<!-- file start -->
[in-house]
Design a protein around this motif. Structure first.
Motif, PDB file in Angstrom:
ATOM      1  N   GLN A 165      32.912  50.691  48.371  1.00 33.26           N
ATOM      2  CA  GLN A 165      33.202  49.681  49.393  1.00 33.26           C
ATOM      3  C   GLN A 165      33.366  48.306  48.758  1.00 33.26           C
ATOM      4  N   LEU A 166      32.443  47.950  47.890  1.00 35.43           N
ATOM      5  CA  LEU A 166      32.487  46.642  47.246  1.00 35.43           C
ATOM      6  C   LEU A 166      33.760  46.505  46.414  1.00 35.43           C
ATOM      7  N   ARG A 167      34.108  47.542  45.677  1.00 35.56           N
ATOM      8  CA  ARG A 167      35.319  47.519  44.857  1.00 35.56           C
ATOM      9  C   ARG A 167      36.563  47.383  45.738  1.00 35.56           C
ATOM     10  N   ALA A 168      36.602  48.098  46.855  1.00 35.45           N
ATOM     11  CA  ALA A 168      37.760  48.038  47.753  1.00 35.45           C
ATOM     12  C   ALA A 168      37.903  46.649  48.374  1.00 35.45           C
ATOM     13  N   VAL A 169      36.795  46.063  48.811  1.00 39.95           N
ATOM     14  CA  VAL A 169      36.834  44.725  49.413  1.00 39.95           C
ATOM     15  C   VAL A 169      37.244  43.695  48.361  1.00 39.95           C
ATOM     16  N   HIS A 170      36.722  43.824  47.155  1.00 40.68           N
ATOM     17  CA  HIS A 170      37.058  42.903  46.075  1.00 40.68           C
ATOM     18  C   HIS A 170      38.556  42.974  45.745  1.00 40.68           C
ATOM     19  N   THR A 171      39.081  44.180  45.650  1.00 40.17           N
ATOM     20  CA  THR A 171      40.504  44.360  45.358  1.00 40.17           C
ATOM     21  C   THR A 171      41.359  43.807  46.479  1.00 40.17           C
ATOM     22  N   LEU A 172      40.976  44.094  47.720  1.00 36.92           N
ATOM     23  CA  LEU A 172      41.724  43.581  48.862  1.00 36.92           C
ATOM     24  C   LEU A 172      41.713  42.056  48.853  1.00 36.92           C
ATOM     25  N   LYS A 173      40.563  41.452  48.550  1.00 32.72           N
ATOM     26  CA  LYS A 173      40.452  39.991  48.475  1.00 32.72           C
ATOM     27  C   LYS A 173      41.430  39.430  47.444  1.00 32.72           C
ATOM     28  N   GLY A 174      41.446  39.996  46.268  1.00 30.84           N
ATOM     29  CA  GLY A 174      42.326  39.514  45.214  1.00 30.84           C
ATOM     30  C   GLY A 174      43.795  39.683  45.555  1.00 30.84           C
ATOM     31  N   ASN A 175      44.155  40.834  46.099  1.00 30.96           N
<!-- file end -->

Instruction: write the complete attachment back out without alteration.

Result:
[in-house]
Design a protein around this motif. Structure first.
Motif, PDB file in Angstrom:
ATOM      1  N   GLN A 165      32.912  50.691  48.371  1.00 33.26           N
ATOM      2  CA  GLN A 165      33.202  49.681  49.393  1.00 33.26           C
ATOM      3  C   GLN A 165      33.366  48.306  48.758  1.00 33.26           C
ATOM      4  N   LEU A 166      32.443  47.950  47.890  1.00 35.43           N
ATOM      5  CA  LEU A 166      32.487  46.642  47.246  1.00 35.43           C
ATOM      6  C   LEU A 166      33.760  46.505  46.414  1.00 35.43           C
ATOM      7  N   ARG A 167      34.108  47.542  45.677  1.00 35.56           N
ATOM      8  CA  ARG A 167      35.319  47.519  44.857  1.00 35.56           C
ATOM      9  C   ARG A 167      36.563  47.383  45.738  1.00 35.56           C
ATOM     10  N   ALA A 168      36.602  48.098  46.855  1.00 35.45           N
ATOM     11  CA  ALA A 168      37.760  48.038  47.753  1.00 35.45           C
ATOM     12  C   ALA A 168      37.903  46.649  48.374  1.00 35.45           C
ATOM     13  N   VAL A 169      36.795  46.063  48.811  1.00 39.95           N
ATOM     14  CA  VAL A 169      36.834  44.725  49.413  1.00 39.95           C
ATOM     15  C   VAL A 169      37.244  43.695  48.361  1.00 39.95           C
ATOM     16  N   HIS A 170      36.722  43.824  47.155  1.00 40.68           N
ATOM     17  CA  HIS A 170      37.058  42.903  46.075  1.00 40.68           C
ATOM     18  C   HIS A 170      38.556  42.974  45.745  1.00 40.68           C
ATOM     19  N   THR A 171      39.081  44.180  45.650  1.00 40.17           N
ATOM     20  CA  THR A 171      40.504  44.360  45.358  1.00 40.17           C
ATOM     21  C   THR A 171      41.359  43.807  46.479  1.00 40.17           C
ATOM     22  N   LEU A 172      40.976  44.094  47.720  1.00 36.92           N
ATOM     23  CA  LEU A 172      41.724  43.581  48.862  1.00 36.92           C
ATOM     24  C   LEU A 172      41.713  42.056  48.853  1.00 36.92           C
ATOM     25  N   LYS A 173      40.563  41.452  48.550  1.00 32.72           N
ATOM     26  CA  LYS A 173      40.452  39.991  48.475  1.00 32.72           C
ATOM     27  C   LYS A 173      41.430  39.430  47.444  1.00 32.72           C
ATOM     28  N   GLY A 174      41.446  39.996  46.268  1.00 30.84           N
ATOM     29  CA  GLY A 174      42.326  39.514  45.214  1.00 30.84           C
ATOM     30  C   GLY A 174      43.795  39.683  45.555  1.00 30.84           C
ATOM     31  N   ASN A 175      44.155  40.834  46.099  1.00 30.96           N